Former Secretary of Defense Robert Gates criticized President Obama’s goal to destroy the Islamic State (ISIS or ISIL) jihadist group as “unrealistic” and “unattainable.”
“The president has set an ambitious and, I think under current circumstances, an unrealistic goal when he talks about our intent being to destroy ISIS,” Gates told NBC’s “Meet the Press” on Sunday. “With the means he has approved so far, I think that’s an unattainable objective.”
Gates, who served as Pentagon chief under Presidents George W. Bush and Obama, proclaimed that deploying ground troops to assist the U.S.-led airstrikes against ISIS will be necessary to defeat the jihadist group.
“I think that the airstrikes have contributed to containing them, but we’re a long way, in my view, from being in a position to roll them back or push them out of Iraq,” he said. “What I’m talking about here is potentially a few hundred troops, not thousands or tens of thousands.”
U.S. troops should focus on preventing ISIS from expanding and denying the group “the ability to hang onto territory.”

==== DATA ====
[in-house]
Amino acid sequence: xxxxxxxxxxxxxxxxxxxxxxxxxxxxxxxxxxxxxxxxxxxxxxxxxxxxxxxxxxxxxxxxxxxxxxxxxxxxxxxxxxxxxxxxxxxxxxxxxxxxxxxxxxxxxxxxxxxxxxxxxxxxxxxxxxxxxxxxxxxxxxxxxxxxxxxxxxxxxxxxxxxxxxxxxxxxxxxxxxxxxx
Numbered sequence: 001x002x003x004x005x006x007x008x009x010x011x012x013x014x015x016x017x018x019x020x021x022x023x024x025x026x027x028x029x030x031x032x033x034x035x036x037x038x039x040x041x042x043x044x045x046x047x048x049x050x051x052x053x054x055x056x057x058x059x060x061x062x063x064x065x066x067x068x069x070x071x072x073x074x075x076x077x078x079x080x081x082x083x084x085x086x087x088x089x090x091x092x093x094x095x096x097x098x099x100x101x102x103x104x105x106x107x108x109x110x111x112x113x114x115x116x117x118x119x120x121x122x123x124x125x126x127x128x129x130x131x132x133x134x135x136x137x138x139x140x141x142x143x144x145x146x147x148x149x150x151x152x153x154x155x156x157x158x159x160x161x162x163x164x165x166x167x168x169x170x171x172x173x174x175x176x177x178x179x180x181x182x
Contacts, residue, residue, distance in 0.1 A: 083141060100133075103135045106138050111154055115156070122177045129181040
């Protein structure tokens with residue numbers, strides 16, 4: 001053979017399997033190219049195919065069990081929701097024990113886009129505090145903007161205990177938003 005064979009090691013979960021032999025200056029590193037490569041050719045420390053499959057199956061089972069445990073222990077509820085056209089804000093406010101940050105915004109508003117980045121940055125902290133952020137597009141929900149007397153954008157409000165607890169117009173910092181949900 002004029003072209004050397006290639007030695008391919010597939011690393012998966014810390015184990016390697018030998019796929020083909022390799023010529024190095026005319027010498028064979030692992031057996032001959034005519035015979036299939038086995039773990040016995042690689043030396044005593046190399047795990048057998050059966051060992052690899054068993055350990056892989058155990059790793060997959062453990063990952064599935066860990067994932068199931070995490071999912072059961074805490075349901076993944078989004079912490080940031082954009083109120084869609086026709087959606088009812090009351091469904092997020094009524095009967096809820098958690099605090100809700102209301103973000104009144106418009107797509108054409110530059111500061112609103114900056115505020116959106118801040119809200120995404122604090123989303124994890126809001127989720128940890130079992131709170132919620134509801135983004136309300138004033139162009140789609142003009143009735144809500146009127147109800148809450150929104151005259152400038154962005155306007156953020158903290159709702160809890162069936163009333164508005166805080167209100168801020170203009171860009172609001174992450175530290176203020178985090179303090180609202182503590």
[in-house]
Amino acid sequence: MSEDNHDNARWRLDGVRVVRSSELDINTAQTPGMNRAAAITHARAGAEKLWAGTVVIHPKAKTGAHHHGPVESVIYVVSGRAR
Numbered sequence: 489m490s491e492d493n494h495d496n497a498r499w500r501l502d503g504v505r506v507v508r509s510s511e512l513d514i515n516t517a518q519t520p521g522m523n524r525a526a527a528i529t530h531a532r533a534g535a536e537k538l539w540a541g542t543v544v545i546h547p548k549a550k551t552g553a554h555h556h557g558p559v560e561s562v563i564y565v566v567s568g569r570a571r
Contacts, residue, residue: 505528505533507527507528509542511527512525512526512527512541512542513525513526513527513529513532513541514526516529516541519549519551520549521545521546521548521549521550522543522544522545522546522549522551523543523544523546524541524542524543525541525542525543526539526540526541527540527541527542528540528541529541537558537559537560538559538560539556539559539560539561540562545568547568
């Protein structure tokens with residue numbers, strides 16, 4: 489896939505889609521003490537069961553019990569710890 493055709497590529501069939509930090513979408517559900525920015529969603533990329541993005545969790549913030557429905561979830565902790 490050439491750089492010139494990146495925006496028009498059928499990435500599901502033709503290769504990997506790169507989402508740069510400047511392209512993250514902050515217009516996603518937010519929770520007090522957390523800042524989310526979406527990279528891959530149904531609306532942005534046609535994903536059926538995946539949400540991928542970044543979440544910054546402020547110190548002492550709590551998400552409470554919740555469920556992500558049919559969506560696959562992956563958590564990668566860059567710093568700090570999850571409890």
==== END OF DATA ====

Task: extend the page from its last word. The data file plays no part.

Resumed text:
ISIS has reportedly spread outside the swaths of territory it controls in Iraq and Syria, into the Khorasan territory, which encompasses large areas in Afghanistan, Pakistan, and parts of the surrounding countries.
During his State of the Union address on January 20, Obama declared that “in Iraq and Syria, American leadership — including our military power — is stopping ISIL’s advance.”
However, days prior to Obama’s speech, The Daily Beast, citing military officials from the Obama administration, reported that ISIS was gaining ground despite U.S.-led airstrikes.
Gates was the first secretary of Defense to serve under Obama, out of three. The president’s defense policy has been criticized by his former secretaries.
Chuck Hagel, the now outgoing Pentagon chief, said he felt pressured by the White House to release prisoners from the U.S. military detention center in Guantanamo Bay, Cuba.
Hagel was forced to resign under pressure from Obama. The president has chosen former Deputy Defense Secretary Ashton Carter to replace him. Carter is awaiting Senate confirmation.